When we travel and take pictures in different locations around the world, we always want to capture a sense of place. In the industry we call these pictures establishing shots. One of these is oftentimes the two-page opening spread that carries the title, intro, and credits for a National Geographic Traveler story. On a weeklong photo workshop in Paris, this was one of the photographic concepts we focused on with the participants.
One photo shoot took us to the Eiffel Tower, where we talked about the exciting challenge of capturing a sense of place at such an iconic destination. When photographing a well-known monument like this one, you don’t need to include the entire structure in the picture. The photograph can often be more interesting if you include less of the building and use a shallow depth of field, so its presence is more suggestive and less obvious.
For example, when we shot our feature story “Paris in August” for Traveler, the summer heat was stifling. Crowds of visitors were in long lines waiting to ascend the Eiffel Tower and enjoy the views from the top. In the middle of the afternoon, the temperatures were getting hotter and hotter, and in order to make it bearable for the people waiting in long lines, water mist was sprayed to cool everyone down and prevent people from getting heat stroke. Getting down low and photographing this young girl who clearly was enjoying the cool mist, we were able to combine her joy with just parts of the Eiffel Tower in the background. Here, the arch of the tower frames her in the composition.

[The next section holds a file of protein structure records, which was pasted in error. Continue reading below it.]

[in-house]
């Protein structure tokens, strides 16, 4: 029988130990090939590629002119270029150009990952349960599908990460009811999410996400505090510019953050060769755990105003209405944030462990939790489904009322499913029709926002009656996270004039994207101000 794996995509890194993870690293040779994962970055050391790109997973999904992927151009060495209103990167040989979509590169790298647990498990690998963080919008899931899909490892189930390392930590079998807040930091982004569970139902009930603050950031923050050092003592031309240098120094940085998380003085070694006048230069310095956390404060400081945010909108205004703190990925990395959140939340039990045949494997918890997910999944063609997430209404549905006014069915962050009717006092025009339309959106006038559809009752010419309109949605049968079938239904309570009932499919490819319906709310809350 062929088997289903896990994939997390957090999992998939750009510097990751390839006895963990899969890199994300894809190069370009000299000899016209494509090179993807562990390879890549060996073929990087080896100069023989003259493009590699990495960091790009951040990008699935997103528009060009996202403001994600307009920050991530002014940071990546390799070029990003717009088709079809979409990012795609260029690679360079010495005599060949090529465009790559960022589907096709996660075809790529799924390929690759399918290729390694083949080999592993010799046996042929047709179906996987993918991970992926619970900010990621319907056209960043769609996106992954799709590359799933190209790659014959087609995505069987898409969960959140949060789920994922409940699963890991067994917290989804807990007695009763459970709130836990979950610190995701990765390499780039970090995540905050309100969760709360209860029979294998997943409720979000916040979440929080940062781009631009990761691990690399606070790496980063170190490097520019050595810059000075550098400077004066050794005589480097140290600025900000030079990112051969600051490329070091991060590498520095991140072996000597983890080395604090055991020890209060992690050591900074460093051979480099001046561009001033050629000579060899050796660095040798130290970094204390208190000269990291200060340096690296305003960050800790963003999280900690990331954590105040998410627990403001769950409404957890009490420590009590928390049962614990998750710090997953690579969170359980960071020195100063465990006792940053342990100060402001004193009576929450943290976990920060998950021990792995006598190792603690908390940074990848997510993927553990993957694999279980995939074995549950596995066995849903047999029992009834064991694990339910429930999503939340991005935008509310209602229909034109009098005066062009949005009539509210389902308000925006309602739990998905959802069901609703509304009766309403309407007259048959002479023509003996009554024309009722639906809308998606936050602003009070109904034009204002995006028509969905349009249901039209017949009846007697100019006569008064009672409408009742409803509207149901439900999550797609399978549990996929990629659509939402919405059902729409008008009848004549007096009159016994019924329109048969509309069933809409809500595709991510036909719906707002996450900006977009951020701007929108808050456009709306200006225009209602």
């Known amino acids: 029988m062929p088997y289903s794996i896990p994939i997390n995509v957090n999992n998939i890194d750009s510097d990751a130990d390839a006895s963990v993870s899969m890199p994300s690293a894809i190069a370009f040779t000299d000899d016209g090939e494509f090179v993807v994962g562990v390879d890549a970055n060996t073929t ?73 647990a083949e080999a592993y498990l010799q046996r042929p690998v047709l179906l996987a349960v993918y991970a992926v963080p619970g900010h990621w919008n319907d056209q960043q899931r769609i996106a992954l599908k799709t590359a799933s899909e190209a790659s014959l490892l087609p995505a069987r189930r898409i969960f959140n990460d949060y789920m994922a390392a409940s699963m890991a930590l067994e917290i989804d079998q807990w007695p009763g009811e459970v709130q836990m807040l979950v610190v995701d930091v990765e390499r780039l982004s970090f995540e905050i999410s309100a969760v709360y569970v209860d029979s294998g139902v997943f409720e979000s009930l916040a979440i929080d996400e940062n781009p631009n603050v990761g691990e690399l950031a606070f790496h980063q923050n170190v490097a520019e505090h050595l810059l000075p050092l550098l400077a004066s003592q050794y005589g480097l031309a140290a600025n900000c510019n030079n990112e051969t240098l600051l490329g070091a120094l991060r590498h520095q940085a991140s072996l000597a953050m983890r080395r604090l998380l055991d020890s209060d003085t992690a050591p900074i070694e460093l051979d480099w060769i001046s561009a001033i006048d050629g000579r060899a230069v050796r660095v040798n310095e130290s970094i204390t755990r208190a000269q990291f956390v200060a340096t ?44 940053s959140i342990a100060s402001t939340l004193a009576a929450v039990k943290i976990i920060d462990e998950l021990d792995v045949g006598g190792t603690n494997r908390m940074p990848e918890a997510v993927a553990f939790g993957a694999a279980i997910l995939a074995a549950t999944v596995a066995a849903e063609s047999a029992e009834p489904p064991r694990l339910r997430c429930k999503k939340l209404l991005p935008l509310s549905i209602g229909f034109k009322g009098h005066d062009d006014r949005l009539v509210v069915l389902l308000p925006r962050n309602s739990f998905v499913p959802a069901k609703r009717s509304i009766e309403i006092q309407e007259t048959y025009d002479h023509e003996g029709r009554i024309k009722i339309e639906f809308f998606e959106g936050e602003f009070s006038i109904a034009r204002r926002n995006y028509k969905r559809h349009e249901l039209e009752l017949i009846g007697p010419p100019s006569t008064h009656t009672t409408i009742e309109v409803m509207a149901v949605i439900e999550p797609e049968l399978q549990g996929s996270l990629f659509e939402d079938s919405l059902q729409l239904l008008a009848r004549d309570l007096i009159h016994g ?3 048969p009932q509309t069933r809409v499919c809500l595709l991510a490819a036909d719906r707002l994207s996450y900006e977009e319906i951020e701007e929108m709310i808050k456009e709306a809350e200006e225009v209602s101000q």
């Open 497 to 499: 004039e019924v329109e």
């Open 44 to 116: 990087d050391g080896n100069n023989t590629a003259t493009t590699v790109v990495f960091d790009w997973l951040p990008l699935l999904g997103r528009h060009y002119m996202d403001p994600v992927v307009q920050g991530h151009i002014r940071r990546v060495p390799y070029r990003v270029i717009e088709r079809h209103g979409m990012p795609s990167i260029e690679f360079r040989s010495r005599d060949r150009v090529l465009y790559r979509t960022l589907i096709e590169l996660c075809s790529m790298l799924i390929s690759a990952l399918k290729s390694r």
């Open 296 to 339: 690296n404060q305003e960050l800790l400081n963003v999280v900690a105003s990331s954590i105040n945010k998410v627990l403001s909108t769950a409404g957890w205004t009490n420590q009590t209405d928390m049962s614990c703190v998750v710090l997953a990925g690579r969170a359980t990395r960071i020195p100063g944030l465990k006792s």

Photographed with a Nikon D3 and a 24-70mm lens. Exposure setting 1/500 sec, f5.6, ISO 200.
Sisse Brimberg and Cotton Coulson are a husband-and-wife duo based in Glasgow, Scotland. The pair routinely photograph assignments for National Geographic and Traveler magazines and teach photography aboard National Geographic Expedition ships. See more of Sisse and Cotton’s collaborative work at keen press.com.